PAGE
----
Last year was a busy 12 months in terms of tech business manoeuvring. The big moves, however, were takeovers, mergers, launches and collapses – there didn’t seem to be that many public offerings.
Much of the movement in 2016 was established businesses buying content firms or platforms that provided a link to sizeable audience. Verizon bought Yahoo for $4.8bn, Microsoft paid $26bn for LinkedIn, and we also looked at telco convergence generally. Yet, other than flagging up the expected IPO of Snapchat, Tech IPOs didn’t seem to impact the media world in 2016 to such a degree.
Now, thanks to a study from PwC, the reasons for that have become somewhat clearer – as 2016 marked the decade’s low point for global tech IPOs.
Just 53 technology companies completed IPOs in 2016 to total proceeds of $8.7bn. According to PwC, following two strong years (there were 118 IPOs in 2014, 92 in 2015) last year marked a 42% year-on-year decline in volume and a 68% year-on-year decline in proceeds.
Internet software and services and the software subsectors remained the growth engines for tech IPOs in 2016, with 32 offerings that raised $4.7bn in total. However, even this represented a falling off compared to the growth these two areas witnessed since the start of the decade .
There were no tech IPOs in the UK last year while across Europe there were ten, raising $3.7bn between them. This total was largely aided by the year’s largest IPO when digital payments company Nets A/S raised $2.4bn and led Europe to be the only global region to avoid a year-on-year decline in proceeds.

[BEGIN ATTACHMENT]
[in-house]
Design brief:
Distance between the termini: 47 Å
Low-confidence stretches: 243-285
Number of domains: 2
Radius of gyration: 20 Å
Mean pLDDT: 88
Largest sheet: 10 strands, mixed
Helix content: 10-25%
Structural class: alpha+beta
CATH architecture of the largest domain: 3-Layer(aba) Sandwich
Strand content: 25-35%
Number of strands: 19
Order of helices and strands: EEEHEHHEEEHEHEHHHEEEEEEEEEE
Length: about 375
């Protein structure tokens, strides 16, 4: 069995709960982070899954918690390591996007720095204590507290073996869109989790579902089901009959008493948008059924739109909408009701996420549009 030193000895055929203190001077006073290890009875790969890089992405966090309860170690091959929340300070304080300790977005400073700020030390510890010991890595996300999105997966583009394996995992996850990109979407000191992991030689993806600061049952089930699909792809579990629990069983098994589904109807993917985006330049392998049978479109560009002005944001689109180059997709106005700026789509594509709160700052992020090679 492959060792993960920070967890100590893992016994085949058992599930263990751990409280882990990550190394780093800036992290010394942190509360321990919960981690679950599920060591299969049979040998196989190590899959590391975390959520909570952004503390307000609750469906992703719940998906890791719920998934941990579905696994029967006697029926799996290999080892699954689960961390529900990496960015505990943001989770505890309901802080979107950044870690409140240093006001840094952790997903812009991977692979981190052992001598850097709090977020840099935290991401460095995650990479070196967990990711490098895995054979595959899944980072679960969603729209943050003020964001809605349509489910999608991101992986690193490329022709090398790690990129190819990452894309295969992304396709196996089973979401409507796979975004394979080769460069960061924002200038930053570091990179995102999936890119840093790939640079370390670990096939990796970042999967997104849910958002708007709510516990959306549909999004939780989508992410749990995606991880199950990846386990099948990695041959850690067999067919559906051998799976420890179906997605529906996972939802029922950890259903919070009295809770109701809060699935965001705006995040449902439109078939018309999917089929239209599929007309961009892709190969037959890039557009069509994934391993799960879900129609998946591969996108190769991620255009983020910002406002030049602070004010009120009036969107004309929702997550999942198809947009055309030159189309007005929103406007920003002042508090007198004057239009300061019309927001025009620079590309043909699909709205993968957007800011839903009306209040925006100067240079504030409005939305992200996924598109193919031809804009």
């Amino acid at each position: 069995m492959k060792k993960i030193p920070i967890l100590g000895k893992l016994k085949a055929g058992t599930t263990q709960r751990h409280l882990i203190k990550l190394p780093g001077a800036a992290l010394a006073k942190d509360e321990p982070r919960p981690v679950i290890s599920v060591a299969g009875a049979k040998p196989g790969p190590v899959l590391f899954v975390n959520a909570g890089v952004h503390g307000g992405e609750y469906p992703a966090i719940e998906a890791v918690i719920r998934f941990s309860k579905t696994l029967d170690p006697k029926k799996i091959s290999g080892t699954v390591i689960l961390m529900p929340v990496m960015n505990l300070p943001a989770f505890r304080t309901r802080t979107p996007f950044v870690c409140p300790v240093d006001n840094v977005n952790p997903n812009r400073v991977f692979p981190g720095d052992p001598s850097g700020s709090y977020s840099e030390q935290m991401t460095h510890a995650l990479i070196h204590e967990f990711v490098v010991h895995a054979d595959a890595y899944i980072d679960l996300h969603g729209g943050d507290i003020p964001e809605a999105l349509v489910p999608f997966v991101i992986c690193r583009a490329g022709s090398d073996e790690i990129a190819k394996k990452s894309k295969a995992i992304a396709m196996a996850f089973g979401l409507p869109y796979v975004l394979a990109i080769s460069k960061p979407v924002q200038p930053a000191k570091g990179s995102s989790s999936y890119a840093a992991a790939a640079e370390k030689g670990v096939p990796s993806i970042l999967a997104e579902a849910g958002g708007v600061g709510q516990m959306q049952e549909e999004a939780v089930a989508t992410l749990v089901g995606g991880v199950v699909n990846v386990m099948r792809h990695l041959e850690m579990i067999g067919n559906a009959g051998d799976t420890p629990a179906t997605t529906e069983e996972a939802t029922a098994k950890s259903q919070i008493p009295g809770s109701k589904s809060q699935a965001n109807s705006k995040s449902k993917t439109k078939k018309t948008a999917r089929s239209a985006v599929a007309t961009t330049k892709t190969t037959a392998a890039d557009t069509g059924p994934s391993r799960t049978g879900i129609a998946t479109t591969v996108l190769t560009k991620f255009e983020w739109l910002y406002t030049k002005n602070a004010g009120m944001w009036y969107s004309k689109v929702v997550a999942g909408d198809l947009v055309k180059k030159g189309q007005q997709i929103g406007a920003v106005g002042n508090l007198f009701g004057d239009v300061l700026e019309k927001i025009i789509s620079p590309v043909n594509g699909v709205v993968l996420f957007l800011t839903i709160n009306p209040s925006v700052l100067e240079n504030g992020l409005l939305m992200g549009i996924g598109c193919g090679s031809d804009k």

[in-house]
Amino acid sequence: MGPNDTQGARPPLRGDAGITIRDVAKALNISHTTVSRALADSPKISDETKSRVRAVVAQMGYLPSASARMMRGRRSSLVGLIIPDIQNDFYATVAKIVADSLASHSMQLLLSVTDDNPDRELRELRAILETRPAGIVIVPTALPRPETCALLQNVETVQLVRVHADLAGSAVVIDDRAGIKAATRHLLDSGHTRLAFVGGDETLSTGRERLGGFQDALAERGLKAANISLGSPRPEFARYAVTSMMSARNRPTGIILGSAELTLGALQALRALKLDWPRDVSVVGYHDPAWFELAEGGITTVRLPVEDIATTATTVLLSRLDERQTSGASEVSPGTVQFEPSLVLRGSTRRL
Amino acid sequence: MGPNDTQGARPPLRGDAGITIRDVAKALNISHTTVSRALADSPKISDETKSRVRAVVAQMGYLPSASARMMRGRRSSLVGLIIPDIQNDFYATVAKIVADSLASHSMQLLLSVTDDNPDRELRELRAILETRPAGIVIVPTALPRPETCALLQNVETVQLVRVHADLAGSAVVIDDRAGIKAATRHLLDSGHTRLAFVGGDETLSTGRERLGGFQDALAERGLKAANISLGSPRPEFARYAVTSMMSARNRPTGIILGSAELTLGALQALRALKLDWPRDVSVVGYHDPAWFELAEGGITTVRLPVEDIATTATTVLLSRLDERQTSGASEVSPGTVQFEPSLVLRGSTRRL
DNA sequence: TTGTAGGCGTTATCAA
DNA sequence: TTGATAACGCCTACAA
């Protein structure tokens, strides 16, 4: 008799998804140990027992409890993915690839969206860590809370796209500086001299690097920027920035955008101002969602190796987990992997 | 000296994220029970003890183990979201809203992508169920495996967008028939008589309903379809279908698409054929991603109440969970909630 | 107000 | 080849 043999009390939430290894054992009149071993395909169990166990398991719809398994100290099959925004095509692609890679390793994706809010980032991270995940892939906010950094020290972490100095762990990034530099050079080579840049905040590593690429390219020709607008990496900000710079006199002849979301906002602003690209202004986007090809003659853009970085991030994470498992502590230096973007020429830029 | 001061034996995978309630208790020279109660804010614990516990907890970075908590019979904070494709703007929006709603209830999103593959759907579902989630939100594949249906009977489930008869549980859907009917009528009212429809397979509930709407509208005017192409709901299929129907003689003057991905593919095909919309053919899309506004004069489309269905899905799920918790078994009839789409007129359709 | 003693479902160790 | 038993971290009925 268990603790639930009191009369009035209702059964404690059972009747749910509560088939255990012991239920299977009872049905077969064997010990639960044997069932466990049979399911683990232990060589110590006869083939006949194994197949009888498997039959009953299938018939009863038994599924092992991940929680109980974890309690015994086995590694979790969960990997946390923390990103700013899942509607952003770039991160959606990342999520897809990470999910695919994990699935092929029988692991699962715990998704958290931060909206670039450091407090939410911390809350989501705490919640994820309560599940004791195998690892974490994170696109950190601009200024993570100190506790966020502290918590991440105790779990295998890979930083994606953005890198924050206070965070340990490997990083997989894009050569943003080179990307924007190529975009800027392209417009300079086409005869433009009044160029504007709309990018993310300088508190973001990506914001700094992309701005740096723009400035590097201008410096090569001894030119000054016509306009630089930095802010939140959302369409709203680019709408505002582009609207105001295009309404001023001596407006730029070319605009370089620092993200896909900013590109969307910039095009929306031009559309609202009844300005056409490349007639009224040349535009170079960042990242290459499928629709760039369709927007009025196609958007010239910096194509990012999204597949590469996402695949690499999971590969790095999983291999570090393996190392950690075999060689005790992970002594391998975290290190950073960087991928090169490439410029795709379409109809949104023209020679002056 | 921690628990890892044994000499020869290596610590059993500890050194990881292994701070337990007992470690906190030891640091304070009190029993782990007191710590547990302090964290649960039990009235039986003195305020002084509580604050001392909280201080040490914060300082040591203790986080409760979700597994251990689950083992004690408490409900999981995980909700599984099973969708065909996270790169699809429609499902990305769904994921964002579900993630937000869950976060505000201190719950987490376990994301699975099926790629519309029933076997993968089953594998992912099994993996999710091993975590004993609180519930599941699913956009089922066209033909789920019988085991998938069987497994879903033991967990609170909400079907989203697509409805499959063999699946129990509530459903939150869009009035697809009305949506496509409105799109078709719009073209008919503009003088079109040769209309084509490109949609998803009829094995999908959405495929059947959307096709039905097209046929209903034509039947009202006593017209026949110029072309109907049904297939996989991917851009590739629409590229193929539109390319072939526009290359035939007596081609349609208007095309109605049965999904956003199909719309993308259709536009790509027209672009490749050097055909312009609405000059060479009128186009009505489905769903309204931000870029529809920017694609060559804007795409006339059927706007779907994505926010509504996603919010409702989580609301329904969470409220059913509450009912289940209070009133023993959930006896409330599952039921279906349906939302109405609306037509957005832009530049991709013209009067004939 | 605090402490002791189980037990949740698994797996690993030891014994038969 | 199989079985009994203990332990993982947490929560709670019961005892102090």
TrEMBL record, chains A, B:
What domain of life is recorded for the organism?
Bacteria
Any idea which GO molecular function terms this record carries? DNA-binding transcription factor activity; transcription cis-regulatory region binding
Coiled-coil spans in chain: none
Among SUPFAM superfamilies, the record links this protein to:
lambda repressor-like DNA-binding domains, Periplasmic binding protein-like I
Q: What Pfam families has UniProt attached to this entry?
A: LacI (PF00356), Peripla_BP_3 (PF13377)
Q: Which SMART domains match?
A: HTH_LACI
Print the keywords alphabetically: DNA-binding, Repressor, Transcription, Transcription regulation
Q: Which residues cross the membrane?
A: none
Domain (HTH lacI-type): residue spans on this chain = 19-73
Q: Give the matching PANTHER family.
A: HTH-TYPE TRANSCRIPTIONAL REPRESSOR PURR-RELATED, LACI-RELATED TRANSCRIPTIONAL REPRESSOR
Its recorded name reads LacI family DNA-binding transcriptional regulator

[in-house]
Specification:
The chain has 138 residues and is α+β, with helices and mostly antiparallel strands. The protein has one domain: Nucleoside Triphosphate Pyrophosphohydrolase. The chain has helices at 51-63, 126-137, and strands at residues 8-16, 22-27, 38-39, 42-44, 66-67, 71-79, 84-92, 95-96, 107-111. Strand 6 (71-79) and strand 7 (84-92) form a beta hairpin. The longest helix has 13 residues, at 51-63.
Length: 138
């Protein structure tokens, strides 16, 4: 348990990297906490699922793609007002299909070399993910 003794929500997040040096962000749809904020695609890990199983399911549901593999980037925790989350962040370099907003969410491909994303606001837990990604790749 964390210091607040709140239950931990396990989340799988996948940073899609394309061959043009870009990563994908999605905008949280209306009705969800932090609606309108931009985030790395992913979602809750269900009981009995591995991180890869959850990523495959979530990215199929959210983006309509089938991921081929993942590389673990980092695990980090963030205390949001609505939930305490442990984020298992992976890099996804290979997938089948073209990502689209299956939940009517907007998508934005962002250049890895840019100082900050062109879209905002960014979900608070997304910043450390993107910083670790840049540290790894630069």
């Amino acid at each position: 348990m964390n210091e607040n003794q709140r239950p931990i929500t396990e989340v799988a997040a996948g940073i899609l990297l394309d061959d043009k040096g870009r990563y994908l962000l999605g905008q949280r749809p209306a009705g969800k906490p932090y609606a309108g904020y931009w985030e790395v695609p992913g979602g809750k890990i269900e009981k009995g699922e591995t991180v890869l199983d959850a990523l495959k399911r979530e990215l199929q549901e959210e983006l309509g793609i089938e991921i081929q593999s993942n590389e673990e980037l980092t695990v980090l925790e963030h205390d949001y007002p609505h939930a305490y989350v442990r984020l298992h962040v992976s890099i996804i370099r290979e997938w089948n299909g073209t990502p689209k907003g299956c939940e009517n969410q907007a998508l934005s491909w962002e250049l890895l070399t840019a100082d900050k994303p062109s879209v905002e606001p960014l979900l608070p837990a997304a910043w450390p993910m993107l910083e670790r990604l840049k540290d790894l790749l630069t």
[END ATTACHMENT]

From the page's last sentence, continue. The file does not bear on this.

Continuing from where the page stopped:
In terms of number of offerings, China led the way with 18 tech IPOs, with aggregate proceeds of $1.4bn, and the US registered 16 for total proceeds of $1.8bn – down significantly on the $8.4bn proceeds generated in the US in 2015.
The lack of IPOs in the UK and a reduction in the US might, in part at least, be explained by last year’s Brexit vote and the bitterly contested US Presidential election.
“The combination of uncertain market conditions, high private valuations and ample cash caused many companies to wait until public markets offer a more favourable environment,” said Raman Chitkara, PwC Global Technology Industry Leader. “Looking ahead, the market rally of the past few months bodes well for a healthier global tech IPO market in 2017.”
The market rally in the latter part of 2016 was indeed sharp, with PwC claiming an almost three-fold jump in the proceeds from the first six months. In fact, Venture Beat has already identified 31 tech companies it thinks could go public in 2017, which it predicts could be another boom year.
Many companies who offered an IPO in 2016, Venture Beat said, had customers that were other businesses. The difference in 2017 – and what might make it a significant year – is that many of the firms it believes are poised for an IPO are already household names that serve millions of customers.
At the top of this list is Airbnb, but also included are Dropbox, Glassdoor, Pinterest, Spotify, Uber, and a little thing called Snap (formerly Snapchat), which reports suggest could seek to raise as much as $4bn through an IPO.
If that last one comes off, 2017 will indeed be boom time and 2016 will be seen as nothing more than a blip in a continuing trend to take tech businesses public.